I still run into a lot of companies that have the expectation that software development can be done on a fixed-price basis. They’re either still used to waterfall management style, or dealing with goods vendors, or, maybe a few are still running into software developers willing to work on a fixed-price basis.
On this blog, we’ve talked about the dangers inherent in fixed-price development services. How companies willing to offer an FPB will triple their hourly rate for change requests in order to make up the margin they already know exists between what they think the project will cost, and what it actually will end up costing. How every project, no matter how well planned out, rarely looks the same at the finish as it did at the start. How the number of unknowns at the start of a development project could fill a dump truck. What we haven’t talked much about is when it is reasonable to ask for, or expect, a fixed price.
It may come as a surprise to our regular readers that there are some times when a fixed-price bid for development services is the best thing for all parties involved. There are two circumstances where I’d be willing to offer a fixed price to a client:
1. The project’s goals are very small in scope. Software developers are good at determining the effort involved in small, discrete sets of tasks. No one is good at estimating large projects. All the data show that in most cases, you’re lucky to get within 50% of the actual cost based on estimates delivered at the start of a project. It’s simply impossible to determine the scope and risks involved a multi-month project, even if there’s only one developer working on it. Yet we have potential clients who want us to build a multi-faceted ERP engine in the cloud complete with fully customizable reporting in 6 months and expect us to know exactly how much it will cost before we’ve even begun real requirements discovery. That is just never going to happen.
Now, if you want us to give you a fixed-price estimate on a small proof of concept, or a discovery phase, a code review, even a small development project, we can do that. Most developers can be pretty accurate as long as the development scale is about a month’s worth of work or less. So if you’ve got a small, single-function project, it may be reasonable to negotiate a fixed price with your developer. If you need to pull data from a single database and display it in a visually pleasing manner, we can talk about FPBs. If you need to trigger an email based on data being added or subtracted from a database, you could reasonably expect your dev company to give you a fixed price.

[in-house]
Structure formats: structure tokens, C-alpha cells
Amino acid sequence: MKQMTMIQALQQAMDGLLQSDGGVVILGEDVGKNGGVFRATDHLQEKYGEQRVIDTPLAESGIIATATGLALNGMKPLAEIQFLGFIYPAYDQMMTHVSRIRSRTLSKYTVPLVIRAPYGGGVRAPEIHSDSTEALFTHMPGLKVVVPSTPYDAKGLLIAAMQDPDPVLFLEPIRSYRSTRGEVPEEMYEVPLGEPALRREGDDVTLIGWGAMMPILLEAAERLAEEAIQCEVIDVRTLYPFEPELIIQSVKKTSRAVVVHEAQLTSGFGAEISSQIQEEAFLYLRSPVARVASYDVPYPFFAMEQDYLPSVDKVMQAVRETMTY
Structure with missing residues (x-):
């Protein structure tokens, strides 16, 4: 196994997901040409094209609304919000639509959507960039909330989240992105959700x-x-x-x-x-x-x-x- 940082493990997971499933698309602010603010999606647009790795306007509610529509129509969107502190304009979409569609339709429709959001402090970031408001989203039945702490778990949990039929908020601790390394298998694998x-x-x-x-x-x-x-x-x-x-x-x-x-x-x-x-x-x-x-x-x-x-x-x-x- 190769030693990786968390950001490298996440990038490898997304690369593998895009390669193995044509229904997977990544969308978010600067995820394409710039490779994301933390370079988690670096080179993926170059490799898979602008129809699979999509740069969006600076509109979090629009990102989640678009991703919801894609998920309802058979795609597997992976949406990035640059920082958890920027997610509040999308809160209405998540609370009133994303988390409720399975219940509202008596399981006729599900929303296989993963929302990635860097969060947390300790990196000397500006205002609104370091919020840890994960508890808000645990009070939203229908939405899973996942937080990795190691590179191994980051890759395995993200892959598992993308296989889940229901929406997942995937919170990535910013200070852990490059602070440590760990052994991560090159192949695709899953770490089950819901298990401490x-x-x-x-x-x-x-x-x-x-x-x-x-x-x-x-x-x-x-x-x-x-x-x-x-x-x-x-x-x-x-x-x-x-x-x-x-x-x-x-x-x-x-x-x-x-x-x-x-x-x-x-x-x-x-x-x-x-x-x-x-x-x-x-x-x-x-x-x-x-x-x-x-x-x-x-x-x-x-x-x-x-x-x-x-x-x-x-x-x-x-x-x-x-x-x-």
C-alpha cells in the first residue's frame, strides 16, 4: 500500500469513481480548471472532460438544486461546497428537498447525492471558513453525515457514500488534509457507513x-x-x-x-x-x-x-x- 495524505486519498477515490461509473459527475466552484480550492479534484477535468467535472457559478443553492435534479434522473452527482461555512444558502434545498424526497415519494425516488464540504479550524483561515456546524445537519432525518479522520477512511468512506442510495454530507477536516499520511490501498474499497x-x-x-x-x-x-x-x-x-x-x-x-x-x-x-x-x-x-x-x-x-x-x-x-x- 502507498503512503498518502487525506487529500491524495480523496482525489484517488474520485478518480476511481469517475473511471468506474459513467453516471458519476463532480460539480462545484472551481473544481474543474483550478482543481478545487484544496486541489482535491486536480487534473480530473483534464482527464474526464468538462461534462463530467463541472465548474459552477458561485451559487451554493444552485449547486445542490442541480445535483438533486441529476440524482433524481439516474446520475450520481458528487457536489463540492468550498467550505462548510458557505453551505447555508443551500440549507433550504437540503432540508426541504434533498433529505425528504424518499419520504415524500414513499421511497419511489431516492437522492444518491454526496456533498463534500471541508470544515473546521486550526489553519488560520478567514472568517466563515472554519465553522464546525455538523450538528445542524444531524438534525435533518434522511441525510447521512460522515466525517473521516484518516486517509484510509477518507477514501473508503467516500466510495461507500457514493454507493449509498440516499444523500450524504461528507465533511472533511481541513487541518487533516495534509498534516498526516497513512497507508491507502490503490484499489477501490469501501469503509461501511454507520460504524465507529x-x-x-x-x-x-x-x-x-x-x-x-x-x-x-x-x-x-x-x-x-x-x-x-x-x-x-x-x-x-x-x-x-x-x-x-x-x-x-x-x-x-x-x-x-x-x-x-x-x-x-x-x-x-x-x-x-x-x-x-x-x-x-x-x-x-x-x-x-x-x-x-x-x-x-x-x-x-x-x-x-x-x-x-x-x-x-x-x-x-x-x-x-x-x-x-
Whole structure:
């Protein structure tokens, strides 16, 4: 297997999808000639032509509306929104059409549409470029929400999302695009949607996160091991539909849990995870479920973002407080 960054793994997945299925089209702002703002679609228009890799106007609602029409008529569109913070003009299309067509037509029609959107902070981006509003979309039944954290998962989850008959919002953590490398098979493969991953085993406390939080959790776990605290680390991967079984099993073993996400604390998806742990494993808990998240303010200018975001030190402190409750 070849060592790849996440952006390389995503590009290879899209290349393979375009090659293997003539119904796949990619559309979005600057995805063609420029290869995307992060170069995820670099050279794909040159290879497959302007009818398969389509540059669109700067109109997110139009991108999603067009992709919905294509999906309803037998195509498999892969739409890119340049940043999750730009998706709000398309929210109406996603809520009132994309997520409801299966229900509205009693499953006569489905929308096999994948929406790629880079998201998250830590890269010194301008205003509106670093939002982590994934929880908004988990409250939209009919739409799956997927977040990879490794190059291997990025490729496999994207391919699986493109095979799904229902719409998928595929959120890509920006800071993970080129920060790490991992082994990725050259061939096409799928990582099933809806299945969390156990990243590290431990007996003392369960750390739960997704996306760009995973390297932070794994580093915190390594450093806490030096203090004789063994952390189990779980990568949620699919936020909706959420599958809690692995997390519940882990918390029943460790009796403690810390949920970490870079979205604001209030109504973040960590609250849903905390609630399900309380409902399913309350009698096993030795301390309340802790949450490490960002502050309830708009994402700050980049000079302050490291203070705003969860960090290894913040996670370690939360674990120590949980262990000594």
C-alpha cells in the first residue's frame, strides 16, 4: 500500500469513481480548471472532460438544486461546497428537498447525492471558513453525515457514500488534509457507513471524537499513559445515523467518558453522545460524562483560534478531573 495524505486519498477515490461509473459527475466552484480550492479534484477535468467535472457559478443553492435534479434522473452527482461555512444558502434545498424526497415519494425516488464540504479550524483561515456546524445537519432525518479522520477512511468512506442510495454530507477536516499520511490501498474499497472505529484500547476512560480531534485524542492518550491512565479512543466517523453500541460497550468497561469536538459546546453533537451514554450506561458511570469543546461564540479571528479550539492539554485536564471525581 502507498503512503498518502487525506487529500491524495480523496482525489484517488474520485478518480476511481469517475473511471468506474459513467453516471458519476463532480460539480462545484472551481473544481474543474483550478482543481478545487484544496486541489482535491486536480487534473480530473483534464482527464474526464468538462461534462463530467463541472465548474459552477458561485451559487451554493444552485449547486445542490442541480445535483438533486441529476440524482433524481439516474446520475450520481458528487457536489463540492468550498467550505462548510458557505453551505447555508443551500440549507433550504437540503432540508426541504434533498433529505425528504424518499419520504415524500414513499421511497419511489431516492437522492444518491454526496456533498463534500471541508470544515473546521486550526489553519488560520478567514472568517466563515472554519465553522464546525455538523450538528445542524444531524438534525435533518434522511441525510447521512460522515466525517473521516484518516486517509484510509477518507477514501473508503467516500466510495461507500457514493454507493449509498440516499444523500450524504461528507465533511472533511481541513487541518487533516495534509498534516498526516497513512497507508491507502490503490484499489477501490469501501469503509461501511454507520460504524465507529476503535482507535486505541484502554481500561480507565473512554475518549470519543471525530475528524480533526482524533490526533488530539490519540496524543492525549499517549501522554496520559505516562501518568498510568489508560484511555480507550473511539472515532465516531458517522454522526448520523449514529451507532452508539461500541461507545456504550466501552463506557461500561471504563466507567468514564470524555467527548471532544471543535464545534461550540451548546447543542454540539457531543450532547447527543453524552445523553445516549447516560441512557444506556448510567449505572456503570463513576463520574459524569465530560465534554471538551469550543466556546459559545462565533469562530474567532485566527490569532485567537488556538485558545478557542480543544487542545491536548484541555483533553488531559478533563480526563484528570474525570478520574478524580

2. Which brings me to the second circumstance where fixed price bids are reasonable, and this one may appeal more to those of you in need of large scale development. While we may not be able to tell you exactly how many months we expect your project to take, we can tell you accurately what a month’s worth of development costs will be, at pretty much any scale. We can know, say, that X developers, working full time for a month in conjunction with a project manager and tester will cost $N. That is quantifiable. More than that, we can reasonably parcel out a discrete set of tasks that will keep those developers busy for the full month. And, in that way, we can provide you with a fixed monthly cost. And by treating each month as a single milestone, basically a mini-project, we can provide you with the economic certainty you need to feel comfortable allocating budget to the project for a particular fiscal period.
Now, to accomplish all of your goals, your project may require ten mini-projects (month-long milestones). It may require 15. It may require seven. It’s going to be very hard for any developer to answer that question with any amount of certainty. But by reorienting the scale of your project, we can tell you that your project will cost you, say, $30K/month for some range of months, and you can plan fiscally around that. You can deploy your new software incrementally in fully developed usable packages, and utilize the feedback derived from its live use into further development. And you decide when it’s complete, rather than some arbitrary list features and tasks that are written months in the past that may or may not accomplish your end-goal.
Some software developers get downright prickly when they are asked to provide fixed cost estimates for projects. They might artificially inflate the numbers, and even when they do so, they are likely to underestimate the total cost involved in a development effort. Which promises to lose them money, and make you angry. So instead of making everyone upset, let’s strive together to keep our projects small, our increments reasonable, and our expectations open.
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